They become targeted, experiencing imprisonment, loss of family members, or threats to their well-being. 

“And there are no refugee camps for them,” Campagnola said. “They're just trying to get safe, and they will travel to where they think people will listen to their story, and give them a chance to prove that they need protection. And hopefully get that protection.”

They support people from 69 different countries; some of the primary countries include Columbia, Turkey and Eritrea. 

People who make refugee claims in Canada have to undergo an eligibility hearing, which is normally done right at the border.

“Right now, people have to wait until August or September to have that hearing, which determines whether they’re even allowed to make a claim. And until they have that hearing and are approved, they have access to nothing. It’s as if they don’t exist,” she said.

This means they’re left in limbo for months, unable to work or get social assistance.

Once they are approved, they become a protected person, and can begin the permanent residency process -- which also includes family reunification. Refugees are often forced to leave family members behind. Campagnola says the reunification process averages 38 months right now.

“That’s over three years. So if you have a child, and you’ve already been through this long, complicated process, and are established as needing protection (a process that can take from two to five years), you have to wait another three years to get your child here. That's not okay.”

So, one of the many things COMPASS advocates for is to speed up the process.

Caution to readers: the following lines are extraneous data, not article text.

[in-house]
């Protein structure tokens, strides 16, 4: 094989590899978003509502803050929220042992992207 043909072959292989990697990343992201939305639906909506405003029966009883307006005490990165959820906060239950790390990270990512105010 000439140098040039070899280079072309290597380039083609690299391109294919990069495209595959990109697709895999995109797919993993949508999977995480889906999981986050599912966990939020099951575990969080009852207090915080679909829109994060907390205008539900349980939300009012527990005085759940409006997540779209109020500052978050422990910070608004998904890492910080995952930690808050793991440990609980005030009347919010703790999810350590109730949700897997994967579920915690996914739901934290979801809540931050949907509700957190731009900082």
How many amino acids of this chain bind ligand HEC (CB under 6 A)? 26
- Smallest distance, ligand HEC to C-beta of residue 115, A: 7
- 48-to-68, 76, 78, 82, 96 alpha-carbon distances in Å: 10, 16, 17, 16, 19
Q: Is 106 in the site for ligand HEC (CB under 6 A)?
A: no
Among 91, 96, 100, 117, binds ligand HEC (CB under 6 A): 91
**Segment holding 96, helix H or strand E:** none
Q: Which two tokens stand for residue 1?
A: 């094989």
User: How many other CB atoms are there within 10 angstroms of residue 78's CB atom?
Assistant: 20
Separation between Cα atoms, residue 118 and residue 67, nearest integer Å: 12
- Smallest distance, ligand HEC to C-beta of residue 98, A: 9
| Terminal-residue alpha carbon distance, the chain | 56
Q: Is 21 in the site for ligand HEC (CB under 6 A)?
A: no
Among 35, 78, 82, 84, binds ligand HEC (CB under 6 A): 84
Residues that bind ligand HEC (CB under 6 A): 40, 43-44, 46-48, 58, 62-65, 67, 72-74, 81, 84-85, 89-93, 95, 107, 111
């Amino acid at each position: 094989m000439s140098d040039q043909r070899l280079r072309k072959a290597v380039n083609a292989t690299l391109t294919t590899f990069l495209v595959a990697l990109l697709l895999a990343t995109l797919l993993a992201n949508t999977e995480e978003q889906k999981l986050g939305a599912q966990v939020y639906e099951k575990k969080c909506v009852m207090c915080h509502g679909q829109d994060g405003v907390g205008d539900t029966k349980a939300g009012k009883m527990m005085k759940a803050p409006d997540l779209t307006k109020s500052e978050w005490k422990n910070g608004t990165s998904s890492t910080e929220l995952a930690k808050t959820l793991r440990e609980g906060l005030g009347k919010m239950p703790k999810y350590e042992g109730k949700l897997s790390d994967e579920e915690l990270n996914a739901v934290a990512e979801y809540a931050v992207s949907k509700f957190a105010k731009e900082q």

Campagnola says she remembers pictures that surfaced a few years ago of refugees crossing the border, who had nice teeth, suitcases, cell phones, etc. 

“And there was this sense that they didn’t look like refugees. Well, what does a refugee look like?” She said, adding that just because they don’t look like the shell-shocked picture we expect doesn’t mean they are in any less need of refuge. 

A common misconception is that refugees come here to take advantage of the system. 

“But when you look at the system, for example, they’ll be on Ontario Works until they get their work permit. That gives them $733 a month to live on.” 

And often, their professional experience from their home country won’t be recognized here, leaving them with no choice but to take the jobs people here typically don’t want, she says. 

Though the refugees coming in from Ukraine are not typically the type they assist, she says they have been keeping tabs on the situation, doing “a lot of listening and learning,” because it is a new program, focused on relocation rather than resettlement. Essentially, she says the government expects people will return to their homes when it is safe to do so. 

But she says they have been advising community leaders “to help them understand what’s happening, and how they can best help,” adding that they should be prepared to help them for at least two years.

“So we're just doing a lot of educating around it right now,” she said. There is a large Ukrainian population in the region already. But, she added that if people do come and don’t have connections here, they are ready to help.”